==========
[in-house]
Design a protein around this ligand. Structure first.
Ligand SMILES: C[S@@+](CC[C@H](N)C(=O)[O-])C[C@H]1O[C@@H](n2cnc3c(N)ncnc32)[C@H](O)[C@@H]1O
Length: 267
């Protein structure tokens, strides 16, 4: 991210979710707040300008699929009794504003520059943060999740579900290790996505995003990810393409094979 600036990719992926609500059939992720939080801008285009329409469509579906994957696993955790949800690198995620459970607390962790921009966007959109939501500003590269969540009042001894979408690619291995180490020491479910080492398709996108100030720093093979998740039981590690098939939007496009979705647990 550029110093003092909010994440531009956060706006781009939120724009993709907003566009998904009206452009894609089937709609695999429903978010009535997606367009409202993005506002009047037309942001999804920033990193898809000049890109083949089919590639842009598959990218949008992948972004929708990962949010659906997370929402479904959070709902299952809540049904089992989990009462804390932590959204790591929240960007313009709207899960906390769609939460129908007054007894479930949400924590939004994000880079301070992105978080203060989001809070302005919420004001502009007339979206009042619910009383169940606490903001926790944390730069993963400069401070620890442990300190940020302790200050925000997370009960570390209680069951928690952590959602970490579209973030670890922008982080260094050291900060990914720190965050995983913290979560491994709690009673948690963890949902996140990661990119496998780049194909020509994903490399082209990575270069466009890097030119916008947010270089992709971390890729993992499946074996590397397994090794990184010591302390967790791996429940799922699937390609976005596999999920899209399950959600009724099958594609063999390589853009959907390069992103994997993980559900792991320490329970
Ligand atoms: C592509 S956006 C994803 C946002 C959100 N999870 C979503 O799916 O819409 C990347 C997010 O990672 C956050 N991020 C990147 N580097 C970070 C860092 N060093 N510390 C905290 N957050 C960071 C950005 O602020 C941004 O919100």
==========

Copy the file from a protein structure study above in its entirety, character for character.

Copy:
[in-house]
Design a protein around this ligand. Structure first.
Ligand SMILES: C[S@@+](CC[C@H](N)C(=O)[O-])C[C@H]1O[C@@H](n2cnc3c(N)ncnc32)[C@H](O)[C@@H]1O
Length: 267
């Protein structure tokens, strides 16, 4: 991210979710707040300008699929009794504003520059943060999740579900290790996505995003990810393409094979 600036990719992926609500059939992720939080801008285009329409469509579906994957696993955790949800690198995620459970607390962790921009966007959109939501500003590269969540009042001894979408690619291995180490020491479910080492398709996108100030720093093979998740039981590690098939939007496009979705647990 550029110093003092909010994440531009956060706006781009939120724009993709907003566009998904009206452009894609089937709609695999429903978010009535997606367009409202993005506002009047037309942001999804920033990193898809000049890109083949089919590639842009598959990218949008992948972004929708990962949010659906997370929402479904959070709902299952809540049904089992989990009462804390932590959204790591929240960007313009709207899960906390769609939460129908007054007894479930949400924590939004994000880079301070992105978080203060989001809070302005919420004001502009007339979206009042619910009383169940606490903001926790944390730069993963400069401070620890442990300190940020302790200050925000997370009960570390209680069951928690952590959602970490579209973030670890922008982080260094050291900060990914720190965050995983913290979560491994709690009673948690963890949902996140990661990119496998780049194909020509994903490399082209990575270069466009890097030119916008947010270089992709971390890729993992499946074996590397397994090794990184010591302390967790791996429940799922699937390609976005596999999920899209399950959600009724099958594609063999390589853009959907390069992103994997993980559900792991320490329970
Ligand atoms: C592509 S956006 C994803 C946002 C959100 N999870 C979503 O799916 O819409 C990347 C997010 O990672 C956050 N991020 C990147 N580097 C970070 C860092 N060093 N510390 C905290 N957050 C960071 C950005 O602020 C941004 O919100």